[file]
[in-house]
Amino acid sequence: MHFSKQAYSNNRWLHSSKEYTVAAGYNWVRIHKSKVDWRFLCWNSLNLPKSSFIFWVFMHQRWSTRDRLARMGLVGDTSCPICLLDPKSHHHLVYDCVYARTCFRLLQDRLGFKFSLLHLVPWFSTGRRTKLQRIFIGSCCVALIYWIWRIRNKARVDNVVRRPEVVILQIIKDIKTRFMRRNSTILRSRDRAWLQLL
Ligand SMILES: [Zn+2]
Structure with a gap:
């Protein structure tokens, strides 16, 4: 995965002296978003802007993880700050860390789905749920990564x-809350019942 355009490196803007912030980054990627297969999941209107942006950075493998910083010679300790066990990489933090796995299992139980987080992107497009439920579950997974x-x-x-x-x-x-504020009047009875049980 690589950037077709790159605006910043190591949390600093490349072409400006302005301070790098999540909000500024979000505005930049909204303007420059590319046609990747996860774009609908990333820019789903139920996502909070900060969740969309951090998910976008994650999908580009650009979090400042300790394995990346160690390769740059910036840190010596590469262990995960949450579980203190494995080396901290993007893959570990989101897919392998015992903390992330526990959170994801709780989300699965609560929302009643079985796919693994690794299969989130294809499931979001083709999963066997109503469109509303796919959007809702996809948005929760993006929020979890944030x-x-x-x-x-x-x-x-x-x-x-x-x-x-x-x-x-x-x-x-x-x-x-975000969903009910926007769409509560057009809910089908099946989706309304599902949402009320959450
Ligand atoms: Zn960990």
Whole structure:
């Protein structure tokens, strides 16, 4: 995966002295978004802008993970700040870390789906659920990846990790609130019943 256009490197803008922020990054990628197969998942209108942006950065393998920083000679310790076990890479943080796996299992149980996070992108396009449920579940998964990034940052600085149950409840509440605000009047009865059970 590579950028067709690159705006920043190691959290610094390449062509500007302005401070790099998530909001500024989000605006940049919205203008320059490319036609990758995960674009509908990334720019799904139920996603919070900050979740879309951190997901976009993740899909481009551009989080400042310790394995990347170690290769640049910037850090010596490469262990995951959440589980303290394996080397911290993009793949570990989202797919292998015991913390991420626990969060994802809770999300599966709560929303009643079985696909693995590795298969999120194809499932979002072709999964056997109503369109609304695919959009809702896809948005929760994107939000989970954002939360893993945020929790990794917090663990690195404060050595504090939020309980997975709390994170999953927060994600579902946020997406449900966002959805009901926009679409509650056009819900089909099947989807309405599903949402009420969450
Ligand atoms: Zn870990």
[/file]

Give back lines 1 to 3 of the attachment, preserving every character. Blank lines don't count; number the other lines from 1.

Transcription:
[in-house]
Amino acid sequence: MHFSKQAYSNNRWLHSSKEYTVAAGYNWVRIHKSKVDWRFLCWNSLNLPKSSFIFWVFMHQRWSTRDRLARMGLVGDTSCPICLLDPKSHHHLVYDCVYARTCFRLLQDRLGFKFSLLHLVPWFSTGRRTKLQRIFIGSCCVALIYWIWRIRNKARVDNVVRRPEVVILQIIKDIKTRFMRRNSTILRSRDRAWLQLL
Ligand SMILES: [Zn+2]